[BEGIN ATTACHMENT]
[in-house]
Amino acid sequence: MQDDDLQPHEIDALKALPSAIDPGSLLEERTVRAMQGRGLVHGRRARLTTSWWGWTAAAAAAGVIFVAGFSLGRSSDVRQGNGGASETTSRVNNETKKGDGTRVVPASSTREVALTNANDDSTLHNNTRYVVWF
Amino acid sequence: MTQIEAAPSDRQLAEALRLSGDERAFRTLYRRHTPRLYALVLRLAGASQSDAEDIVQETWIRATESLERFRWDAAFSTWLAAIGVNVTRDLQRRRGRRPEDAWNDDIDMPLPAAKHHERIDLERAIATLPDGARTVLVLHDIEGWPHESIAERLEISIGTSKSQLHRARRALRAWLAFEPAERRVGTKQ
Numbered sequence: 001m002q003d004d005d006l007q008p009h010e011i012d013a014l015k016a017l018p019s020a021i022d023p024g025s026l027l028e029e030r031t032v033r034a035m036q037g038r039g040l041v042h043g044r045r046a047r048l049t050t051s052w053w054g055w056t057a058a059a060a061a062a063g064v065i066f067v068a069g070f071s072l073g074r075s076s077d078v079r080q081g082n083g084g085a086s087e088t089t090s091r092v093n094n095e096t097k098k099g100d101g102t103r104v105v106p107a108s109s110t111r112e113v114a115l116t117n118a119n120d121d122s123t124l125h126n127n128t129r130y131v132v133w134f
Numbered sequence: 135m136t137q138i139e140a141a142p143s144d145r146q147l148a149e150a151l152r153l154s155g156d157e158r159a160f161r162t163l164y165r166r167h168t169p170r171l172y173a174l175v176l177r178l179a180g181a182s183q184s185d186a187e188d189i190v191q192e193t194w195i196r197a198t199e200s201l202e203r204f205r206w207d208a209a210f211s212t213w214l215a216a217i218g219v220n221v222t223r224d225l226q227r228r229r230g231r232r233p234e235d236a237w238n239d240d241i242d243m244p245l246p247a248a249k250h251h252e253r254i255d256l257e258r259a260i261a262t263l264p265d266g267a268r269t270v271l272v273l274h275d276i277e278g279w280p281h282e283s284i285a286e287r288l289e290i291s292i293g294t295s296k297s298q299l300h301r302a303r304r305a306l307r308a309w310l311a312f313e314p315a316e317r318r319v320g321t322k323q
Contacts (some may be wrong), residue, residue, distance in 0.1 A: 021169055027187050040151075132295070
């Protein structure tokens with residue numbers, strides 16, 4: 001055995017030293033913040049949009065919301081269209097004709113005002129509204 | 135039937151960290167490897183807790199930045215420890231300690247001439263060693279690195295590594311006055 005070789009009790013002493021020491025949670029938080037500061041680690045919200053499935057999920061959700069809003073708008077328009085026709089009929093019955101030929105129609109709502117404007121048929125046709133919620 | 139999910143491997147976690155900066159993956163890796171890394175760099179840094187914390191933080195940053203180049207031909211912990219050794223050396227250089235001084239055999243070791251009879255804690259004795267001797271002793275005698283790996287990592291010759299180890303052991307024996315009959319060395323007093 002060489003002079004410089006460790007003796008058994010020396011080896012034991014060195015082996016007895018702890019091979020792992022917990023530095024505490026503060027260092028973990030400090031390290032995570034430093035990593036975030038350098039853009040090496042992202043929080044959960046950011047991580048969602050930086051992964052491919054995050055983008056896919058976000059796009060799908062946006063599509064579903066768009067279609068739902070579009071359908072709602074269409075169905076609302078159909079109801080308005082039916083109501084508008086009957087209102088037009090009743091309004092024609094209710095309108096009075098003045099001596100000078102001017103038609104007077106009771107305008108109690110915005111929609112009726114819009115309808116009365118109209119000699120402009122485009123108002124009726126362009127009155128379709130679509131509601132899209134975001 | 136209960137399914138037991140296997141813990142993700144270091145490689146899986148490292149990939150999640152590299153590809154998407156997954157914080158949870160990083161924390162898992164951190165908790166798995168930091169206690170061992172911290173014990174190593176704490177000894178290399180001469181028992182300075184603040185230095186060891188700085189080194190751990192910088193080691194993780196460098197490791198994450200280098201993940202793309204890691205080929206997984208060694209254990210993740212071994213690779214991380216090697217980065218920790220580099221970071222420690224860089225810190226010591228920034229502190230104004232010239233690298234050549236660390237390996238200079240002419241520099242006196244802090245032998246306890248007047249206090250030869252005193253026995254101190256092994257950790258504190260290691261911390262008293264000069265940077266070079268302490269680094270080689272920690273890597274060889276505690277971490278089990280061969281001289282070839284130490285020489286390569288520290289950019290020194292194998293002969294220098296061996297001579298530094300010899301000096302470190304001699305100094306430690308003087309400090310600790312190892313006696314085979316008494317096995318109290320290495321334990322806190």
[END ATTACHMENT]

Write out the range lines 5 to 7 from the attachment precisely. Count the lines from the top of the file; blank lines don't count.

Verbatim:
Numbered sequence: 135m136t137q138i139e140a141a142p143s144d145r146q147l148a149e150a151l152r153l154s155g156d157e158r159a160f161r162t163l164y165r166r167h168t169p170r171l172y173a174l175v176l177r178l179a180g181a182s183q184s185d186a187e188d189i190v191q192e193t194w195i196r197a198t199e200s201l202e203r204f205r206w207d208a209a210f211s212t213w214l215a216a217i218g219v220n221v222t223r224d225l226q227r228r229r230g231r232r233p234e235d236a237w238n239d240d241i242d243m244p245l246p247a248a249k250h251h252e253r254i255d256l257e258r259a260i261a262t263l264p265d266g267a268r269t270v271l272v273l274h275d276i277e278g279w280p281h282e283s284i285a286e287r288l289e290i291s292i293g294t295s296k297s298q299l300h301r302a303r304r305a306l307r308a309w310l311a312f313e314p315a316e317r318r319v320g321t322k323q
Contacts (some may be wrong), residue, residue, distance in 0.1 A: 021169055027187050040151075132295070
């Protein structure tokens with residue numbers, strides 16, 4: 001055995017030293033913040049949009065919301081269209097004709113005002129509204 | 135039937151960290167490897183807790199930045215420890231300690247001439263060693279690195295590594311006055 005070789009009790013002493021020491025949670029938080037500061041680690045919200053499935057999920061959700069809003073708008077328009085026709089009929093019955101030929105129609109709502117404007121048929125046709133919620 | 139999910143491997147976690155900066159993956163890796171890394175760099179840094187914390191933080195940053203180049207031909211912990219050794223050396227250089235001084239055999243070791251009879255804690259004795267001797271002793275005698283790996287990592291010759299180890303052991307024996315009959319060395323007093 002060489003002079004410089006460790007003796008058994010020396011080896012034991014060195015082996016007895018702890019091979020792992022917990023530095024505490026503060027260092028973990030400090031390290032995570034430093035990593036975030038350098039853009040090496042992202043929080044959960046950011047991580048969602050930086051992964052491919054995050055983008056896919058976000059796009060799908062946006063599509064579903066768009067279609068739902070579009071359908072709602074269409075169905076609302078159909079109801080308005082039916083109501084508008086009957087209102088037009090009743091309004092024609094209710095309108096009075098003045099001596100000078102001017103038609104007077106009771107305008108109690110915005111929609112009726114819009115309808116009365118109209119000699120402009122485009123108002124009726126362009127009155128379709130679509131509601132899209134975001 | 136209960137399914138037991140296997141813990142993700144270091145490689146899986148490292149990939150999640152590299153590809154998407156997954157914080158949870160990083161924390162898992164951190165908790166798995168930091169206690170061992172911290173014990174190593176704490177000894178290399180001469181028992182300075184603040185230095186060891188700085189080194190751990192910088193080691194993780196460098197490791198994450200280098201993940202793309204890691205080929206997984208060694209254990210993740212071994213690779214991380216090697217980065218920790220580099221970071222420690224860089225810190226010591228920034229502190230104004232010239233690298234050549236660390237390996238200079240002419241520099242006196244802090245032998246306890248007047249206090250030869252005193253026995254101190256092994257950790258504190260290691261911390262008293264000069265940077266070079268302490269680094270080689272920690273890597274060889276505690277971490278089990280061969281001289282070839284130490285020489286390569288520290289950019290020194292194998293002969294220098296061996297001579298530094300010899301000096302470190304001699305100094306430690308003087309400090310600790312190892313006696314085979316008494317096995318109290320290495321334990322806190």